Fresh from last week’s entertaining but rather trivial Sontaran sidestep, Flux feels like its cooking with gas once again this week, as Once, Upon Time gets back to the larger story at hand, offering up interesting revelatory tidbits and throwing in tons more questions for fans to ponder at the halfway point. It’s another fine example of how showrunner Chris Chibnall‘s strengths lie in long form storytelling, and the end result feels altogether different to the previous two episodes yet equally part of a wider whole that teases and tantalises in thrilling fashion.
In true timey-wimey fashion, the episode sees our heroes catapulted back into their own personal time streams and re-living key moments from their past – Vinder confronts his past mistakes, Yasmin finds herself stalked by Weeping Angels across her own past memories, Dan discovers the terrible truth about Diane’s fate, and the Doctor is thrown back into a memory she doesn’t remember having. It’s another ambitious script, which certainly encourages the audience to keep up and pay attention. It’s also a great idea that is ultimately well executed, cleverly utilising the four lead actors and casting them in various supporting roles in order to throw everything off-kilter. It’s great to see Jodie Whittaker, Mandip Gill, Jacob Anderson and John Bishop assume a number of other roles throughout the episode, and although these moments are slight, they go some way into imbuing the otherwise ordinary flashback scenes a welcome sense of strangeness that keeps things interesting.
These moments are all tied together by two key sections – one featuring Bel (Thaddea Graham), a lone survivor travelling the Flux-ravaged cosmos in search of her lost love, and the other detailing a forgotten mission from the Doctor’s Time Lord Division days. The section with Bel is predictable, but certainly goes some way into lending the story more in the way of personal stakes (which is certainly helped by Graham’s charming performance), but the latter section is incredibly fascinating, delving deeper into the antagonistic relationship between the Ravagers and the Doctor, and ultimately confirming the theory that these villains have beef with Jo Martin‘s mysterious past incarnation. The result is a superb set of scenes that have real punch to them, both in terms of action and intrigue. The surprise cameo from Martin is very welcome, even if it is all too brief, and the wrap-up involving the Passenger is an inspired bit of plotting on Chris Chibnall‘s part.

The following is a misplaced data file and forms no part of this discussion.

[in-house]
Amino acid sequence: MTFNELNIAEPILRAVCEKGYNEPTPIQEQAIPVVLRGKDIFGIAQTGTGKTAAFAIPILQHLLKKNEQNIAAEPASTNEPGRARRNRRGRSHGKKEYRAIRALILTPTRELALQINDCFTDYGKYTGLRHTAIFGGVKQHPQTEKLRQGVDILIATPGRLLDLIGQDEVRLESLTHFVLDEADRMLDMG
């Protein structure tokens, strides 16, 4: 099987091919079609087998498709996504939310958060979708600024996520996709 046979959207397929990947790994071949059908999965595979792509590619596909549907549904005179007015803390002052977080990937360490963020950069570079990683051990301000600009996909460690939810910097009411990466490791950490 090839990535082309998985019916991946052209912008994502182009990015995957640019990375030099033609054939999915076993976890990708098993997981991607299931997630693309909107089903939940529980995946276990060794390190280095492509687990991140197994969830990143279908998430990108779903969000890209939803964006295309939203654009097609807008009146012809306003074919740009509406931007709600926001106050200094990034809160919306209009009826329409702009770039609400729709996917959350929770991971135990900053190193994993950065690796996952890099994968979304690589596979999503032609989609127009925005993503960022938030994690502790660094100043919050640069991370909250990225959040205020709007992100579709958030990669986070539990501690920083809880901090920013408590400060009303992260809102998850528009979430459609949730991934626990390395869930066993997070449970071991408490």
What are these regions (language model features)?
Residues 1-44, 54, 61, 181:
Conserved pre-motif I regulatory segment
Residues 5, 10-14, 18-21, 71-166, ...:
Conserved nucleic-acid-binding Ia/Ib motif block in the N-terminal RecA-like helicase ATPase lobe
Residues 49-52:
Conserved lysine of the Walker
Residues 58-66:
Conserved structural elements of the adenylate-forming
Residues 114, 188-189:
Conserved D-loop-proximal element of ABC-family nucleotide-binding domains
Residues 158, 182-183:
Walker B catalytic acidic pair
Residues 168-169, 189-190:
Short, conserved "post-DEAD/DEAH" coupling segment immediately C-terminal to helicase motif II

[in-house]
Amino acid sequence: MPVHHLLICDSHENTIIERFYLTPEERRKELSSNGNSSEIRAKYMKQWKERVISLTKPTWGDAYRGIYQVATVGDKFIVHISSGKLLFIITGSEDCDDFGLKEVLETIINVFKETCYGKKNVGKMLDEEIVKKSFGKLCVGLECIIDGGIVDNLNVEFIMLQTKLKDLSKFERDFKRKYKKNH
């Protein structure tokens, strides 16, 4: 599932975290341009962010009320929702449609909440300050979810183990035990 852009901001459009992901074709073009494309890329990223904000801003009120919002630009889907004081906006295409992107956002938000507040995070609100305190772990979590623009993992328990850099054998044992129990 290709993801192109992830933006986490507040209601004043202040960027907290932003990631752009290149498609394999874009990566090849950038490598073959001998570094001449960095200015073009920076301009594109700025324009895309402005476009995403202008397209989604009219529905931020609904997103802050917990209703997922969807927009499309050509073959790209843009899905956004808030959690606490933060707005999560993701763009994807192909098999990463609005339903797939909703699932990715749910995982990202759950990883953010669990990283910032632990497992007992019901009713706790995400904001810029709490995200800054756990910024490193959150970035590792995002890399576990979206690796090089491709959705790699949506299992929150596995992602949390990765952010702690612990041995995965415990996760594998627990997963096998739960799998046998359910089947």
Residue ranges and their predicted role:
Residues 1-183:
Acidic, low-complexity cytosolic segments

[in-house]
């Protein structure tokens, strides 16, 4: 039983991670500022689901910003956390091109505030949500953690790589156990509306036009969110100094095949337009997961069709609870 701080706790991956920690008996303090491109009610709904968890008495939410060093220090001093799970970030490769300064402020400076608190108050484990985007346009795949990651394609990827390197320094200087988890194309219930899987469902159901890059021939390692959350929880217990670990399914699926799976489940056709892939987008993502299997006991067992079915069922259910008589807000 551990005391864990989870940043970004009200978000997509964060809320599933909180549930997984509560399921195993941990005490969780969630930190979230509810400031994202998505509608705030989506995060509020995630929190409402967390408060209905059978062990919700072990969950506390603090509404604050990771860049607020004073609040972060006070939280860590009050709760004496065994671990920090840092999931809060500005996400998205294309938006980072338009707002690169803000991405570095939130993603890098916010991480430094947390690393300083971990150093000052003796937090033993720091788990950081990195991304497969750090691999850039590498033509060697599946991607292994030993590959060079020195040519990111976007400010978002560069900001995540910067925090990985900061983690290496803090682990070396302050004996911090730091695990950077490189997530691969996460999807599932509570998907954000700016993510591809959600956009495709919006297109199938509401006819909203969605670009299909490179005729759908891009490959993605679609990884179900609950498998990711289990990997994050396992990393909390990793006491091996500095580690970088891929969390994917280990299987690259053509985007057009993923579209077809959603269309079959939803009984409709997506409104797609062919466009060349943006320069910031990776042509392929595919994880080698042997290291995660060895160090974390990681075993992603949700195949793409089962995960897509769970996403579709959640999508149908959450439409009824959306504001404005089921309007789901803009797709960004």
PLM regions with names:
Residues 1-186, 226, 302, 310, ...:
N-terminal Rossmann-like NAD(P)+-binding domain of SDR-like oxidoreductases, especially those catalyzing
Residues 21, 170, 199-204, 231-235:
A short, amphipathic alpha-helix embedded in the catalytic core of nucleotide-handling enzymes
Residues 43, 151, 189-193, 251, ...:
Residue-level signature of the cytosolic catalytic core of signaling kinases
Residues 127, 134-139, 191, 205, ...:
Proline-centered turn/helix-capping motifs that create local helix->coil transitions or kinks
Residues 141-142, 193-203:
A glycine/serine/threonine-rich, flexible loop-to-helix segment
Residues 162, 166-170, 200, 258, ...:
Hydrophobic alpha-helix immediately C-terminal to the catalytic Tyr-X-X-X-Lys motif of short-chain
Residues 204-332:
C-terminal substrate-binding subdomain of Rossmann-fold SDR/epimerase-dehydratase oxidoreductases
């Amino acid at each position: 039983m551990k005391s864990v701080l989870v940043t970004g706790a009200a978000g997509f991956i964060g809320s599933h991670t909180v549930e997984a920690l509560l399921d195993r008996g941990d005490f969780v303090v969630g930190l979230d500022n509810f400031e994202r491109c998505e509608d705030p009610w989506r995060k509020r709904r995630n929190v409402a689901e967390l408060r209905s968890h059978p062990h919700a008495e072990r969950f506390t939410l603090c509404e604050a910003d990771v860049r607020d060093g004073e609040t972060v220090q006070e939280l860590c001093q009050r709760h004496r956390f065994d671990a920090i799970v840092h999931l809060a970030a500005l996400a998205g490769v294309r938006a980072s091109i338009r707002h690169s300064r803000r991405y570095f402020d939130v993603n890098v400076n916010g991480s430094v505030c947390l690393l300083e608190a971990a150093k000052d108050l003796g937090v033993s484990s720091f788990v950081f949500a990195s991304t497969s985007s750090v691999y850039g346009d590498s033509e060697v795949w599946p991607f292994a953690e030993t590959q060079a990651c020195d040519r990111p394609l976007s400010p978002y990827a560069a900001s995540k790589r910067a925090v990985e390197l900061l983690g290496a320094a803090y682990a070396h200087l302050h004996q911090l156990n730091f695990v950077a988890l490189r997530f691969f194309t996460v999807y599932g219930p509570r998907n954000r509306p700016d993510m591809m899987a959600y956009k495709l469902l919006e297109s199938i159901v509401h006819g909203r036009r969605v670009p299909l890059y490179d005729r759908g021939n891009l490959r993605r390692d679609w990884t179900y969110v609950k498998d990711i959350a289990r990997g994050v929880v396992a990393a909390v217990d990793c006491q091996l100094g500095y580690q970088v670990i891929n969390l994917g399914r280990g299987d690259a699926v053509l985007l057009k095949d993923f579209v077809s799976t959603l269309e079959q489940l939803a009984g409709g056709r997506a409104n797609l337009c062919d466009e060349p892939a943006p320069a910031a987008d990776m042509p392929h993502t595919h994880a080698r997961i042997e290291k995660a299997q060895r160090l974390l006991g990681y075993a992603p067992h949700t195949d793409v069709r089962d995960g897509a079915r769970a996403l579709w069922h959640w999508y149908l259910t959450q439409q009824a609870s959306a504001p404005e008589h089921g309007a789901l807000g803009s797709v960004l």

It’s an episode that could easily have fallen into the trap of being too talky and exposition heavy, but the excellent direction from series newcomer Azhur Saleem, the skilful editing (the jumping time frames never jar even once) and Segun Akinola‘s beautiful score all keep thing roaring along and lend proceedings a sense of wonder and pace, even in the more mundane moments like Dan and Diane’s Liverpool walkabout or Bel’s journey across the cosmos. The fluctuating narrative is delicately handled and well structured, and flows well right up to the thrilling denouement and the exciting cliffhanger.
Ultimately, the core story of Once, Upon Time is slight but it does satisfy, especially when it serves up some answers to the larger questions at play. Across just 50 minutes, we get some interesting reveals regarding what the Passengers are, there’s some insight into Vinder’s past, hints as to the nature of the Flux and the Ravagers, and even some clues about the Division and the Doctor’s forgotten past. At times, the episode feels like more of a tease for future instalments than it does a story in its own right, but at this point we’re only halfway through the season, so it’s all to be expected that there’ll be further questions thrown at us (who’s the mysterious woman the Doctor sees? Hopefully time will tell soon!).
As it stands, Once, Upon Time is an insightful and oft-times stylish chapter that gets back to the larger business at hand, offering plenty of reasons to keep us invested and serving up the right amount of answers to keep the wider story ticking along nicely. Next week – Weeping Angels!
Doctor Who returns to BBC One next Sunday at 6.20pm. Join us for our series blog review next week.